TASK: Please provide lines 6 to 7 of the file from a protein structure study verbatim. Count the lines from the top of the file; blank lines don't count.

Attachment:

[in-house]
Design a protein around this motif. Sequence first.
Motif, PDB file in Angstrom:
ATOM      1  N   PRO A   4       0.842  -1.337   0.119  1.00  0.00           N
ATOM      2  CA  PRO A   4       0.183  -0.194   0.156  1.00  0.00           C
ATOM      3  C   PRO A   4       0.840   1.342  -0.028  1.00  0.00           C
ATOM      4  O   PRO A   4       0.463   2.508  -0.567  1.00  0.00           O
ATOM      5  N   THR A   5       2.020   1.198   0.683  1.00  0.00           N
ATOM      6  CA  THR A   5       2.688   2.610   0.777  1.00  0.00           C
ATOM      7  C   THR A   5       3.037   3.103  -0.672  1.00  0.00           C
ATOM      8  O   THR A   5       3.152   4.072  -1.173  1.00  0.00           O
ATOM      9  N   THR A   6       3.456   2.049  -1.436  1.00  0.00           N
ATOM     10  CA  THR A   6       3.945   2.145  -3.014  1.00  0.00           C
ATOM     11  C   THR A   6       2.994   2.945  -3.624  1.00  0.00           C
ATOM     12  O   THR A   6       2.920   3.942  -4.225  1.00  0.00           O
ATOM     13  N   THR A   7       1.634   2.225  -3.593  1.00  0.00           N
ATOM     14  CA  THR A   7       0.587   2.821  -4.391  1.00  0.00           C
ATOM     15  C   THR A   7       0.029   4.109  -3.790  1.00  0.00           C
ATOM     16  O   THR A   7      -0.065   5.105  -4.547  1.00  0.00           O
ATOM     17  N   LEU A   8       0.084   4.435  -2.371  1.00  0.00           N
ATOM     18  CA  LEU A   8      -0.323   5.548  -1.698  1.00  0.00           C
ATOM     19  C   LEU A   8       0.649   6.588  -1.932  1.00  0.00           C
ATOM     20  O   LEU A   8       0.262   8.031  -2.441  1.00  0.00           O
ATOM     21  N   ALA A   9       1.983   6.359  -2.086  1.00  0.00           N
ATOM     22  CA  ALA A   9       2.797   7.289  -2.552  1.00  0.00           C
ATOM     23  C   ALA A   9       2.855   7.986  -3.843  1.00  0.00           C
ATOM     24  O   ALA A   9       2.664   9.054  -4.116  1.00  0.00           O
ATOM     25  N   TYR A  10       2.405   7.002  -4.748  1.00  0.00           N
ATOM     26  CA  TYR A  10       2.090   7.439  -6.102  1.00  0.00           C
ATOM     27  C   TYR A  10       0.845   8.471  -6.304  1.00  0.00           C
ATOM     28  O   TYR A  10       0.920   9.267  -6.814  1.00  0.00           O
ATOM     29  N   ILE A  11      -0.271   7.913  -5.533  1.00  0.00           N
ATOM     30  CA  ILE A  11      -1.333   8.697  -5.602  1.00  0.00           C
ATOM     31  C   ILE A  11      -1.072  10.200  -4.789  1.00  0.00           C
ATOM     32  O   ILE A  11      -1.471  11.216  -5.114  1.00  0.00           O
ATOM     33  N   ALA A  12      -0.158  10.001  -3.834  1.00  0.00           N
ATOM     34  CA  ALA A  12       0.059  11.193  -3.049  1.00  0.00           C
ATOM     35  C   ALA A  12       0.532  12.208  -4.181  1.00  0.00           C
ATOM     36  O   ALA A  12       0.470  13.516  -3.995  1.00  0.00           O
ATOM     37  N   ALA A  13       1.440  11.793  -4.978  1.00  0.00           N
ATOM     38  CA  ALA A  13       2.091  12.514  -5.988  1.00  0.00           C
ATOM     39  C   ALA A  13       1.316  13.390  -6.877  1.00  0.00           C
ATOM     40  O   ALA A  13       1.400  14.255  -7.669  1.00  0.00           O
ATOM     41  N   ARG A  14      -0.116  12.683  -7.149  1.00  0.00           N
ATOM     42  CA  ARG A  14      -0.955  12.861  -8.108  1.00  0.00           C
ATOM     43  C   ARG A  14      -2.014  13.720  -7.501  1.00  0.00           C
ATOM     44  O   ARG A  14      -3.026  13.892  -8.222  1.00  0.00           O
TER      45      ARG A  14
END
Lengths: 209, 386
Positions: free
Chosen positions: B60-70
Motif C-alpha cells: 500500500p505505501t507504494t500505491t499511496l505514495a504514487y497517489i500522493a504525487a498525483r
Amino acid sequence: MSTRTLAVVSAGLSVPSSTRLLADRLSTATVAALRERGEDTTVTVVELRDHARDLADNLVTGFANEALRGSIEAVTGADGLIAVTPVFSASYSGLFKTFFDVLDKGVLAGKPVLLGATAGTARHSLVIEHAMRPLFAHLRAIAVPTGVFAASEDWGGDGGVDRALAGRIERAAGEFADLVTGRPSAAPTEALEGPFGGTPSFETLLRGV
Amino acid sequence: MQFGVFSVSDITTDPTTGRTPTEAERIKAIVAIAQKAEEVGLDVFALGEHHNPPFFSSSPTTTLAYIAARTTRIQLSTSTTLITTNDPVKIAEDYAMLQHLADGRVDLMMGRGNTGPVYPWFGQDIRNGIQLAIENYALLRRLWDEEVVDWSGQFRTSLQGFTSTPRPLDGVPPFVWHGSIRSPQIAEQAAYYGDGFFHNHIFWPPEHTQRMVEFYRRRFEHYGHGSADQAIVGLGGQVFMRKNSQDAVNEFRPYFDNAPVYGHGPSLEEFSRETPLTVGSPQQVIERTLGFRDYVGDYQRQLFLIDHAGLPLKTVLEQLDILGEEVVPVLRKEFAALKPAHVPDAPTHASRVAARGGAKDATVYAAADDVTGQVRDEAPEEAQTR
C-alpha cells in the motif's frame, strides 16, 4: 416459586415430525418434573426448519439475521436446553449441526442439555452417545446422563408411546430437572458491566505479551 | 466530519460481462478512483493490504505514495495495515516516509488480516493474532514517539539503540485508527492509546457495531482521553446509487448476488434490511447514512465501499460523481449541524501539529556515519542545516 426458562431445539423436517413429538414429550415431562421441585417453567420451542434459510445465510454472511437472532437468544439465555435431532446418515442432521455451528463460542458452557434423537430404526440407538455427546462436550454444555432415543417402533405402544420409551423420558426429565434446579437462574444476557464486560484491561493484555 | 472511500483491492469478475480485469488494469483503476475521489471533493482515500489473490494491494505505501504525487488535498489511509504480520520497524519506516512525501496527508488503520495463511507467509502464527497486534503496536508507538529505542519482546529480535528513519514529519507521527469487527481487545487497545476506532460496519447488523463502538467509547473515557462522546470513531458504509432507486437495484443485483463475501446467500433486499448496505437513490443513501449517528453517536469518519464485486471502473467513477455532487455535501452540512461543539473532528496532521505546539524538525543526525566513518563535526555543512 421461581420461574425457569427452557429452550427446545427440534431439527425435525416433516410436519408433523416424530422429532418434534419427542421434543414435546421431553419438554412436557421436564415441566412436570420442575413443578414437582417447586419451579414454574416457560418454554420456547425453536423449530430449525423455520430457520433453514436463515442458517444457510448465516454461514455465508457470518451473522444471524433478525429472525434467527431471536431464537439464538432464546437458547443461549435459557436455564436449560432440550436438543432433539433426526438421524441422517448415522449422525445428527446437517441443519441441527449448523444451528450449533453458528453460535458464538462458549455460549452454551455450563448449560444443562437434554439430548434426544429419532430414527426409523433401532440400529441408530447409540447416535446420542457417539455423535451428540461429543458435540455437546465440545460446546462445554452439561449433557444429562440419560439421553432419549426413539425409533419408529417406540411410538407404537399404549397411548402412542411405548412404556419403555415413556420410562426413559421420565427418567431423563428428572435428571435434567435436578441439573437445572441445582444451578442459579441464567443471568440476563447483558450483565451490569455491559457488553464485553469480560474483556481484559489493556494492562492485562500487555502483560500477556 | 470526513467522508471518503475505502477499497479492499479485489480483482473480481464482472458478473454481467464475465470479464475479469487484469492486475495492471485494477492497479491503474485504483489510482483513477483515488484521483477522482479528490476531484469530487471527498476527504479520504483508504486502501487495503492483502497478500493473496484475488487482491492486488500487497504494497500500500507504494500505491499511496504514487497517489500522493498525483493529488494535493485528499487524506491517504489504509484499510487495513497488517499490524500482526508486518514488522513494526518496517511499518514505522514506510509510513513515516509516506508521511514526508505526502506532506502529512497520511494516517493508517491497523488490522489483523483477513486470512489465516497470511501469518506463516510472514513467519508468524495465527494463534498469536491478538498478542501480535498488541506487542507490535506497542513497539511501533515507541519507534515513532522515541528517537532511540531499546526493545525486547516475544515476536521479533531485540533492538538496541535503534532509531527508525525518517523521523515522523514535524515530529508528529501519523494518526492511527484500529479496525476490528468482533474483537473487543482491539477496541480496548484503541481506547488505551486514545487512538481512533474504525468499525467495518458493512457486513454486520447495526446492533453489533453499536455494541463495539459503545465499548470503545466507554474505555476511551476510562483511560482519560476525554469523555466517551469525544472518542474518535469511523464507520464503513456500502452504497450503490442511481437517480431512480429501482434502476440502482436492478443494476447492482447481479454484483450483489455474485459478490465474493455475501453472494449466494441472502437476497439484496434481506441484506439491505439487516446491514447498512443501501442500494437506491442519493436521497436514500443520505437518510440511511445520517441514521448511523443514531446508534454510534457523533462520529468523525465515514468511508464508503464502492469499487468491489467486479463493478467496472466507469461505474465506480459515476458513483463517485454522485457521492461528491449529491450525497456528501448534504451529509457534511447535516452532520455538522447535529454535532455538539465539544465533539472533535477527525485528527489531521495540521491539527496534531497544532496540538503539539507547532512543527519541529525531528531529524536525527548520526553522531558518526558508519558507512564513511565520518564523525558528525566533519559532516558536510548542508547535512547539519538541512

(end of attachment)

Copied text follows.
ATOM      3  C   PRO A   4       0.840   1.342  -0.028  1.00  0.00           C
ATOM      4  O   PRO A   4       0.463   2.508  -0.567  1.00  0.00           O